‘Where do you get your protein?’ is probably the most common question every vegan gets asked. And none more so than athletes and regular exercisers. Dietary protein is needed to repair muscle cells damaged during intense exercise as well as to build new muscle proteins. But can you get enough protein from plant-based foods for optimal performance and recovery?
How much protein is considered optimal?
Regular exercise increases your protein requirement to the tune of 1.2 – 2 g per kg of body weight per day (vs 0.75g for the general population), depending on the type, intensity and duration of your activity. Studies suggest that 20 – 25g per meal is the optimal amount of protein to promote muscle protein synthesis (MPS) following resistance training. However, you may need around 40 g in your post-workout meal if you have done a whole-body resistance workout (as opposed to legs-only) or if you are over 60. Additional protein helps counteract the anabolic resistance that occurs as we get older.
How can vegan athletes get enough protein?
When you cut meat or animal products from your diet, you also eliminate a primary source of protein. Therefore, you will have to put more thought into how you will reach your protein goals using plant-based sources.
The key is to develop an understanding of amino acids, the building blocks of protein. There are 20 amino acids in the human body, but only 9 of these are essential, meaning they must come from the diet.
Generally, plant proteins are low in one or more essential amino acids, whereas animal proteins contain all nine amino acids. Provided you eat a variety of plant-based foods, any shortfall of amino acids in one food is compensated by the higher amounts found in another. For example, rice is low in lysine and high in methionine while lentils are high in lysine and low in methionine. Eating both foods will give you all nine essential amino acids.
Contrary to popular belief, plant proteins do not need to be combined in each meal in order to achieve an adequate intake of amino acids. The body has a pool of amino acids, which it draws upon and uses as required.
In other words, a vegan diet can provide enough protein as long as a variety of plant protein sources are consumed and energy intakes are adequate.
Are plant proteins as good as animal proteins for building muscle?
Until recently, plant proteins were considered less effective for building muscle than animal proteins owing to their lower amino acid concentration. Indeed, studies show that soya protein produces a smaller MPS response in the immediate (3 – 5 hour) post-exercise period than animal proteins. This is likely due to its lower leucine concentration. However, MPS following resistance exercise can last for 24 hours or more, so it is more meaningful to look at longer term muscle mass gains.
A meta-analysis of nine long-term studies (longer than six weeks) found that plant proteins are as good as animal proteins for increasing strength and muscle mass, provided you eat enough of them. The researchers found that soya and whey protein supplements produce similar gains in strength and muscle mass following resistance training. There was no difference in bench press, squat strength or total lean body mass gains between those consuming whey and those consuming soya supplements.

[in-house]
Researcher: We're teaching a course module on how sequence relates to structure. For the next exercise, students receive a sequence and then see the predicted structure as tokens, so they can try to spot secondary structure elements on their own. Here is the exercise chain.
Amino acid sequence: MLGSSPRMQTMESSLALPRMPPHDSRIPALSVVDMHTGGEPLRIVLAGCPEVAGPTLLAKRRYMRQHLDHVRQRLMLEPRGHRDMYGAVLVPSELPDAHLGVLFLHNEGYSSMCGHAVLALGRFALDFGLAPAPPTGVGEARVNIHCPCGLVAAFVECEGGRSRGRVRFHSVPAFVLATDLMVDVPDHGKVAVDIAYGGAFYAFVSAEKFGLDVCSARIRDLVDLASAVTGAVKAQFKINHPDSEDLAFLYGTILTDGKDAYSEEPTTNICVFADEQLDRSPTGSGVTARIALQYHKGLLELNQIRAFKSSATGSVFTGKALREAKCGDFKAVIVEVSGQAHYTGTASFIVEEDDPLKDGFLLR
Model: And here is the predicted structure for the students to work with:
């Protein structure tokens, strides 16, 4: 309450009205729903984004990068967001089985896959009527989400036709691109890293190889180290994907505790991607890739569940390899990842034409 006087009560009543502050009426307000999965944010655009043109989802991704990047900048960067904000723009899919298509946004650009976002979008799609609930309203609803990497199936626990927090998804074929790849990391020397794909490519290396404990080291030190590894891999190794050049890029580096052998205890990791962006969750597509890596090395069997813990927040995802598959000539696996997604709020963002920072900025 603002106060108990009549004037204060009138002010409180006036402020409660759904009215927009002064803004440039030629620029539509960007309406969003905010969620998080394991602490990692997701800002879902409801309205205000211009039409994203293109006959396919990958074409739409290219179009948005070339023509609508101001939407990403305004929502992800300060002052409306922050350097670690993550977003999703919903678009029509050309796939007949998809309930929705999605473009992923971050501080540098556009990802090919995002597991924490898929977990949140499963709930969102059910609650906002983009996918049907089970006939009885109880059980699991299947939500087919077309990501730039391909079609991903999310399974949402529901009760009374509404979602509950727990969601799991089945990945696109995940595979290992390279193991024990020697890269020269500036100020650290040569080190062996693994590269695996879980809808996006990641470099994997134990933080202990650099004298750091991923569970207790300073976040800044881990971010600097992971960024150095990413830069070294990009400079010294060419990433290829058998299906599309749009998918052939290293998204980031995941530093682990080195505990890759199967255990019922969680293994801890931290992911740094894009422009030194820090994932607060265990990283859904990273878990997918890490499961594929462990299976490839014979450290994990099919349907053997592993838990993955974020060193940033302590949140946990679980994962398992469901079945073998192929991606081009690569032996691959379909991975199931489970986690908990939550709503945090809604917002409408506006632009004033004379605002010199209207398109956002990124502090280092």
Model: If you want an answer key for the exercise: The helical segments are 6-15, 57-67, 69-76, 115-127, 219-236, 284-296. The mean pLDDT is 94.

These results support the findings of a previous meta-analysis, which found that provided you hit a minimum threshold intake of 1.6g/ kg/ body weight, the protein source (soya vs whey) makes no difference to your strength and muscle mass gains. More recently, a study at the University of Sao Paulo and McMaster University compared gains in leg muscle mass and strength between vegans and omnivores consuming 1.6g protein/ day for 12 weeks (Hevia-Larraín et al., 2021). Researchers found no difference in gains between the groups, suggesting that plant proteins are just as effective as animal proteins for building muscle provided you consume enough of them.
Which are the best protein sources for vegan athletes?
The richest vegan sources of protein (and leucine) are soya-based foods. Firm tofu contains 13g per 100g, while tempeh (21g/ 100g) and soya mince (15g/ 100g) contain levels comparable to meat and fish. Soya products along with quinoa, buckwheat, amaranth, chia and hemp seeds are considered ‘high quality’ or ‘complete’ proteins as they contain all nine essential amino acids in ratios closely matched to the body’s needs.
Beans, lentils and peas typically contain 7 – 9g per 125g portion (or half a 400g tin), while edamame beans (young soya beans) contain 15g per 125g portion. Hummus comes in lower, at 3g per 50g portion – owing to its higher water and oil content. Nuts and seeds contain 6 – 9g per 30g portion.
You may be surprised to learn that many grains, such as pasta, bread and oats, are also valuable sources of protein. Even green vegetables such as broccoli supply a few grams. So, if you were to eat a portion of pasta (9g), beans (9g) and broccoli (4g), then you will be getting 22 g protein – the amount deemed optimal for muscle building.
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- With a focus on performance, every recipe has been created to provide a high level of nutrients that will fuel your body. All the main meal recipes supply at least 20g protein per serving, the optimal amount needed for muscle recovery.